Federal Private Prison Guards Protected
So you or a loved one is in federal prison. You also happen to be one of the 10% or so of federal inmates who are housed in a private prison. It may already feel like the Bureau of Prisons (BOP) can do as they please with little to no repercussions.
Now, however, there is more protection for the employees of a private prison than even the BOP enjoys. Say you get thrown into “The Hole”, officially called segregation, for some bad behavior. There you are deprived of medical care or subject to other violations of the United States Constitution’s Eighth Amendment protections against cruel and unusual punishment.
This is a federal prison, and you are the property of the United States Federal Government. That means that violations of the United States Constitution while there should be the purview of the federal courts, right? Wrong.
In this opinion from the Supreme Court, announced on January 10th, 2012, an inmate in private federal prison cannot sue a guard of a private federal prison (see Bivens) for violations of his federally protected right against cruel and unusual punishment. Sound fishy to anybody?
Tuesday’s opinion was discussed and explained (better than I ever could) over at the Constitutional Law Prof Blog. The details are below:
The Supreme Court ruled 8-1 today that a prisoner in a privately run federal prison in California cannot sue guards for a violation of his Eighth Amendment rights under Bivens v. Six Unknown Fed. Narcotics Agents. The ruling, authored by Justice Breyer, means that when alternative state causes of action (or other processes) exist, plaintiffs have no Bivens action against private government contractors, even when they are engaged in traditional government services (like guarding a prison).
Justice Breyer applied the two-prong approach in Wilkie v. Robbins (2007). The Court in Wilkie held that Bivens does not extend if (1) there are “alternative, existing” processes that provide adequate protection or (2) there are special factors counseling against a Bivens remedy. Only the first was at issue here.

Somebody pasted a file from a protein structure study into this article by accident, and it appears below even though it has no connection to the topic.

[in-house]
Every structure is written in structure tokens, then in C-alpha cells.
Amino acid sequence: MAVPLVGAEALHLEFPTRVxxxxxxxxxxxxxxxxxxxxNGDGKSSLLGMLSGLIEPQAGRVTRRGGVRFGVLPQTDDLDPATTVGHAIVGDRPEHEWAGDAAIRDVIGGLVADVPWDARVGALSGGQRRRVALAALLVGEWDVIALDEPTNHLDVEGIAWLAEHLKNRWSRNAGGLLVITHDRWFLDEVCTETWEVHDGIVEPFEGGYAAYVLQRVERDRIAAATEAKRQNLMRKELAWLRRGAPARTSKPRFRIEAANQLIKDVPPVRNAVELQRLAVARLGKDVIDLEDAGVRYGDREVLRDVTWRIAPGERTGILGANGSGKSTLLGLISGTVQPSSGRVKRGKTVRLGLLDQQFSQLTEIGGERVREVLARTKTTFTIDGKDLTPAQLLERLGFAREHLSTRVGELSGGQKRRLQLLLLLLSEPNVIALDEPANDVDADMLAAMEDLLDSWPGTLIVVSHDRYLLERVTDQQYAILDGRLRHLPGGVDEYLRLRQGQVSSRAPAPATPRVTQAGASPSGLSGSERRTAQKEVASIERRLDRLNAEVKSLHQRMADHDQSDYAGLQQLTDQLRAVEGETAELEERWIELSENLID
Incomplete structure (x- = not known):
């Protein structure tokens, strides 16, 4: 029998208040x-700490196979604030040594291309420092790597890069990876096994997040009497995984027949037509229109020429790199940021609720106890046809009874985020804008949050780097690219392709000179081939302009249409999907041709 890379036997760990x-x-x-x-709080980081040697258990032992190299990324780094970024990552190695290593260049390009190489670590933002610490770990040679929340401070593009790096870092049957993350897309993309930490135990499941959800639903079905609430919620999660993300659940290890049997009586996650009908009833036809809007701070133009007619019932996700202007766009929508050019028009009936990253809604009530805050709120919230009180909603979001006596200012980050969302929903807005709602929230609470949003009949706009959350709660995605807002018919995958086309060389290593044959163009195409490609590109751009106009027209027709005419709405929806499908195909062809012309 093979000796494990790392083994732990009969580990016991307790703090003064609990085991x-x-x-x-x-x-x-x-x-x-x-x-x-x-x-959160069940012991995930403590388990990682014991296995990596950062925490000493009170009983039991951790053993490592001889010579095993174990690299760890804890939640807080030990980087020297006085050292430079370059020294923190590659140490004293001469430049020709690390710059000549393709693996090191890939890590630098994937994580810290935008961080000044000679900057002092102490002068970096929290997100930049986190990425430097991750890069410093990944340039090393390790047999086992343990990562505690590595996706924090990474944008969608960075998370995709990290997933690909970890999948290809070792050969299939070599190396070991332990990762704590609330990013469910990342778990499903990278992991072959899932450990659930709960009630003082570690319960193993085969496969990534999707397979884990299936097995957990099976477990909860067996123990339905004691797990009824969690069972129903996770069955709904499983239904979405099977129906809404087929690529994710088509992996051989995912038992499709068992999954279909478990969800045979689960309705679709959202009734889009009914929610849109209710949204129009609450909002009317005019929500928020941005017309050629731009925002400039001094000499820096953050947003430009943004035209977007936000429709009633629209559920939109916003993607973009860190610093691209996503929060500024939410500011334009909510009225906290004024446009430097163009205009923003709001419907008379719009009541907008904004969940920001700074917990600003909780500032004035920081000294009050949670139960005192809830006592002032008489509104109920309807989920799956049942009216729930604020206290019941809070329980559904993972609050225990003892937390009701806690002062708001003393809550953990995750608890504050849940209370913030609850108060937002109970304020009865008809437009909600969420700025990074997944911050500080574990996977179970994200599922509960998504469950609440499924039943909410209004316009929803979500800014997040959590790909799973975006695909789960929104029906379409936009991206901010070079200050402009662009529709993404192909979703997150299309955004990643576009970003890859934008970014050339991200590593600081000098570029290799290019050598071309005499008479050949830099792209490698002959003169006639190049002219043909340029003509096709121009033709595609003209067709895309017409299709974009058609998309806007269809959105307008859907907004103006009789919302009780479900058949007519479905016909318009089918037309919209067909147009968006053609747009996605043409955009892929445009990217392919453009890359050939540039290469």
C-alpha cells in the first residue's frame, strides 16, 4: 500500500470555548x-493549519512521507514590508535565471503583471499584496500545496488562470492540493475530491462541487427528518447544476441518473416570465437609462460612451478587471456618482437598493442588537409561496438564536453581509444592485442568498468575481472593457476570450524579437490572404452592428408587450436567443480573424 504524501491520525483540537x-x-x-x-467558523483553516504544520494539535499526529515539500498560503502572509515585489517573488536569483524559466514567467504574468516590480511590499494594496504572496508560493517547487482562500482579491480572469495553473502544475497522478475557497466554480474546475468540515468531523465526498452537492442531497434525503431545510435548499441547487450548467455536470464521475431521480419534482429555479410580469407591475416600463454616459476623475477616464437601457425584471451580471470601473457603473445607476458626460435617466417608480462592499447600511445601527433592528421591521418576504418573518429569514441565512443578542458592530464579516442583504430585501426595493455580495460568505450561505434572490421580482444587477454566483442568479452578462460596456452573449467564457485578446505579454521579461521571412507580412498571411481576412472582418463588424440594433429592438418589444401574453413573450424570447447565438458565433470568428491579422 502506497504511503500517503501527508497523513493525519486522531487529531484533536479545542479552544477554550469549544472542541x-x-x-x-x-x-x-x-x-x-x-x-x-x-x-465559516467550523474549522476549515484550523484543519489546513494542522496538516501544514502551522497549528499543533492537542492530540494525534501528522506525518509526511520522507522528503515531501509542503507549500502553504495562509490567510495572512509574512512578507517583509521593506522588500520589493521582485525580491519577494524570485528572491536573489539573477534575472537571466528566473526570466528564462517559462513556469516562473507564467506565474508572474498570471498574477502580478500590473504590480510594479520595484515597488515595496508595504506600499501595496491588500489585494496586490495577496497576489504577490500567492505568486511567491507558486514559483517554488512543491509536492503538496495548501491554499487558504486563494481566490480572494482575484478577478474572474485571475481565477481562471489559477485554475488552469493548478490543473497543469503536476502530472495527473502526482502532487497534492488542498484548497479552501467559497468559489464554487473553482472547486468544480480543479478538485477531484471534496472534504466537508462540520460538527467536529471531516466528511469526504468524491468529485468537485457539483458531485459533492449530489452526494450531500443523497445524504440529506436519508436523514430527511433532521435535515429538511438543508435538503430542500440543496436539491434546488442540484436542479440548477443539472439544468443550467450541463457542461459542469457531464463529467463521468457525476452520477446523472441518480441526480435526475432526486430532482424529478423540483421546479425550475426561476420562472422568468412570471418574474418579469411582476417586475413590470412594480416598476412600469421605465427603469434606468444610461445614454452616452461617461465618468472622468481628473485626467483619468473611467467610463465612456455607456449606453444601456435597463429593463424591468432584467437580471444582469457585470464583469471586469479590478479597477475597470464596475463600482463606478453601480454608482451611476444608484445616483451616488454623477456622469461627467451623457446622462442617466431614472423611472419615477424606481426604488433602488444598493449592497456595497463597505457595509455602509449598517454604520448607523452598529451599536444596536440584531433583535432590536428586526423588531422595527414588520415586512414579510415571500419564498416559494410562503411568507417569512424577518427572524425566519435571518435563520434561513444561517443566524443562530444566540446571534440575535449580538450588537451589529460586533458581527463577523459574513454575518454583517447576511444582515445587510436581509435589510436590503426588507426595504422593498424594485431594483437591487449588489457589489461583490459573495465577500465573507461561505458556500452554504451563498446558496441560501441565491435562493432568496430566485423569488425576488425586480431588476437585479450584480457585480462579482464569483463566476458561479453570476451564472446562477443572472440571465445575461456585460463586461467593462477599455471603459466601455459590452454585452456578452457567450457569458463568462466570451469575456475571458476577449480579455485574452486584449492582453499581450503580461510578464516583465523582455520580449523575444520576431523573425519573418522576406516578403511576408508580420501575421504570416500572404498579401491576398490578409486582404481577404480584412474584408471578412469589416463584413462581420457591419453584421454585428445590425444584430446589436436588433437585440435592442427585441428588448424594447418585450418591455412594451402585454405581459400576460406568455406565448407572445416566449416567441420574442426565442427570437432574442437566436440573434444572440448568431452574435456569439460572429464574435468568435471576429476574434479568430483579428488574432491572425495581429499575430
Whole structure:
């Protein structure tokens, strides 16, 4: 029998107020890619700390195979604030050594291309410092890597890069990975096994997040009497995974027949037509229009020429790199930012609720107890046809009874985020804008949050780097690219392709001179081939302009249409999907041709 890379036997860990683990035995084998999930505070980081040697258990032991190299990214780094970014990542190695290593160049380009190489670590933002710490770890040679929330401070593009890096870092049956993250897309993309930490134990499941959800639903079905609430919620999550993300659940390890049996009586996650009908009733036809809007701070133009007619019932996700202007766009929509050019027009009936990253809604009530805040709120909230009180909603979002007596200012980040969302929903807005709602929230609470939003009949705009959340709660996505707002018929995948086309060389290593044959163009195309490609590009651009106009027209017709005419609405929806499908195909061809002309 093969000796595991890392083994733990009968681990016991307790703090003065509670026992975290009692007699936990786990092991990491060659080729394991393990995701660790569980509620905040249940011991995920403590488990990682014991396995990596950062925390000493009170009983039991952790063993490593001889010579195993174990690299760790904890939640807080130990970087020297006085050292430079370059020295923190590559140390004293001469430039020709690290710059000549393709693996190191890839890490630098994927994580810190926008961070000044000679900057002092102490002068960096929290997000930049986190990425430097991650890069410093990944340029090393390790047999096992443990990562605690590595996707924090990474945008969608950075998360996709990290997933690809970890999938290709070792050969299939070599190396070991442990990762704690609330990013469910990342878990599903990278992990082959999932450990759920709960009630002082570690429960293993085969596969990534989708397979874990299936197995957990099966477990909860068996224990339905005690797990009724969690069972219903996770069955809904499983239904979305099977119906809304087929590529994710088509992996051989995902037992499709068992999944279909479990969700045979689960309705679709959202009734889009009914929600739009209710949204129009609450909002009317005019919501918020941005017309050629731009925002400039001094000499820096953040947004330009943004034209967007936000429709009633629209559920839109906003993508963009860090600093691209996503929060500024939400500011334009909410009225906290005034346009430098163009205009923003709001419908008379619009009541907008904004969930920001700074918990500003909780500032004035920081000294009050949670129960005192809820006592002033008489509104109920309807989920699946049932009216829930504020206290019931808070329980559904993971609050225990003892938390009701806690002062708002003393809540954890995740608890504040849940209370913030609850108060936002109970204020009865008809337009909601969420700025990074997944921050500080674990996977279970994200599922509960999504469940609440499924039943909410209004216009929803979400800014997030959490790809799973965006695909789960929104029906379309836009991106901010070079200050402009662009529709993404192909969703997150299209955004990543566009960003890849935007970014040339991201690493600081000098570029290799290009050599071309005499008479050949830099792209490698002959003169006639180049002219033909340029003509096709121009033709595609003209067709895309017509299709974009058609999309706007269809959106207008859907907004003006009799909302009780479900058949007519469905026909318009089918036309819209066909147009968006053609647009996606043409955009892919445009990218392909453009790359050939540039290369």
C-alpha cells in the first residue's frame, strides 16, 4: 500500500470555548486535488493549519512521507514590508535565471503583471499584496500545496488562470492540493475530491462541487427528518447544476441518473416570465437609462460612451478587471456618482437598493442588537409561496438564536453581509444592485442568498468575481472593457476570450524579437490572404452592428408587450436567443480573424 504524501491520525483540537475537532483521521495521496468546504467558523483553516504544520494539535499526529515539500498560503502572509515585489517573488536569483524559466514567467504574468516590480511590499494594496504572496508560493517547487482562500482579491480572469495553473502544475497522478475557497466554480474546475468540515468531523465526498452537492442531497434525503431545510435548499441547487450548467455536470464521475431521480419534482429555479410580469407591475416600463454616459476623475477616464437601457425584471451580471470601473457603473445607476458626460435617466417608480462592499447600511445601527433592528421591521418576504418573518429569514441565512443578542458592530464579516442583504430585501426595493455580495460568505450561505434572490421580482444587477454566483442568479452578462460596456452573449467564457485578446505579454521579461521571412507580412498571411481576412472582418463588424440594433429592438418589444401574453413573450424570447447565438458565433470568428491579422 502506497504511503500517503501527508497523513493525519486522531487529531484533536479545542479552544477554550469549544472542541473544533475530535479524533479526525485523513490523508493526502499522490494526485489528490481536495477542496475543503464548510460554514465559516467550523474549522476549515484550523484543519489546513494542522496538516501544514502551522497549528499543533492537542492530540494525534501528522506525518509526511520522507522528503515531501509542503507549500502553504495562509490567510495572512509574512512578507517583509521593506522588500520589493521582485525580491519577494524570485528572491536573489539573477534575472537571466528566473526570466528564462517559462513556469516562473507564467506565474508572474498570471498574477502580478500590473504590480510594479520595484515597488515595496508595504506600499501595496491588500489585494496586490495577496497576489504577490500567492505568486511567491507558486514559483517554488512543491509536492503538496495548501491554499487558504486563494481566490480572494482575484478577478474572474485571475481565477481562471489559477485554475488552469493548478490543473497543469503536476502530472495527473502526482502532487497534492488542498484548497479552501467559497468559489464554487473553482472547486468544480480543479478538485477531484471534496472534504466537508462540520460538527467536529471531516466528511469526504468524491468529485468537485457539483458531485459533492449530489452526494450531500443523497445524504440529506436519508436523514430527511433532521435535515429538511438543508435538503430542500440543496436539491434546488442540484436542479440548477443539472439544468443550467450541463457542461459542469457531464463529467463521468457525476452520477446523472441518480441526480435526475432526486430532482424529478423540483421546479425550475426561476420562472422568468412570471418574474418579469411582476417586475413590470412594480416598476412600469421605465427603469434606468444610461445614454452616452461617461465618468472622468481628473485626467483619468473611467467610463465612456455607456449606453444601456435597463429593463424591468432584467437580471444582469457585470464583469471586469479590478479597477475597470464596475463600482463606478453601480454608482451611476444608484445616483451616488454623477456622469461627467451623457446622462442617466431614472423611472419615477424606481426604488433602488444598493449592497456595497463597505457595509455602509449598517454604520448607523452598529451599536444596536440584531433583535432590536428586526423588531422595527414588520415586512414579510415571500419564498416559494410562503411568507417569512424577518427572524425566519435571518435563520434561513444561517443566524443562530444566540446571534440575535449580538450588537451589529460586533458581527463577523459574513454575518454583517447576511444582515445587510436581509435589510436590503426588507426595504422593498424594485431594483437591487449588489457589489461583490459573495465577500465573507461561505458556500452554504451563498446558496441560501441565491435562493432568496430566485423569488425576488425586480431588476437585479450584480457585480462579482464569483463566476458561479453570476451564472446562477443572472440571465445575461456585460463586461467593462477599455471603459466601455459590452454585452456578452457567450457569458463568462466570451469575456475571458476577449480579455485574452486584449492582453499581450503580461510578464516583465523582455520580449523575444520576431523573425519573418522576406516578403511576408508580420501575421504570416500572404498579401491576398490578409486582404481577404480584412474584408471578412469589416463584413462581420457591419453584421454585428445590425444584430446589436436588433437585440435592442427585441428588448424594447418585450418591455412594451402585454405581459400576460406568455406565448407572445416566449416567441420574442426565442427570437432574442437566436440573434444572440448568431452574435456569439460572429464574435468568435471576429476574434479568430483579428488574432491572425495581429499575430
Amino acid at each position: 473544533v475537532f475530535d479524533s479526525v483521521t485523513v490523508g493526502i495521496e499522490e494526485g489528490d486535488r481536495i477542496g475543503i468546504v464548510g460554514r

The ruling, which focuses on the availability and adequacy of state tort law, at least theoretically leaves open the possibility that Bivens might extend in a similar circumstance but when an alternative process is inadequate.
The ruling extends the holding in Correctional Services Corp. v. Malesko (2001), which said that Bivens did not extend to a plaintiff’s case against a privately operated prison (and not a private prison guard). The plaintiff here tried to distinguish Malesko on the ground that Bivens is designed to deter, and while the threat of a Bivens action against a private prison can’t deter individual officers, the threat of a Bivens action against private guard can.
From the Opinion
Delivered by Justice Breyer:
The question is whether we can imply the existence of an Eighth Amendment-based damages action (a Bivens action) against employees of a privately operated federal prison. See generally Bivens v. Six Unknown Fed. Narcotics Agents, 403 U. S. 388, 389 (1971) (“[V]iolation of [theFourth Amendment] by a federal agent . . . gives rise to acause of action for damages” against a Federal Government employee). Because we believe that in the circumstances present here state tort law authorizes adequate alternative damages actions—actions that provide both significant deterrence and compensation—we cannot do so. See Wilkie v. Robbins, 551 U. S. 537, 550 (2007) (no Bivens action where “alternative, existing” processes provide adequate protection).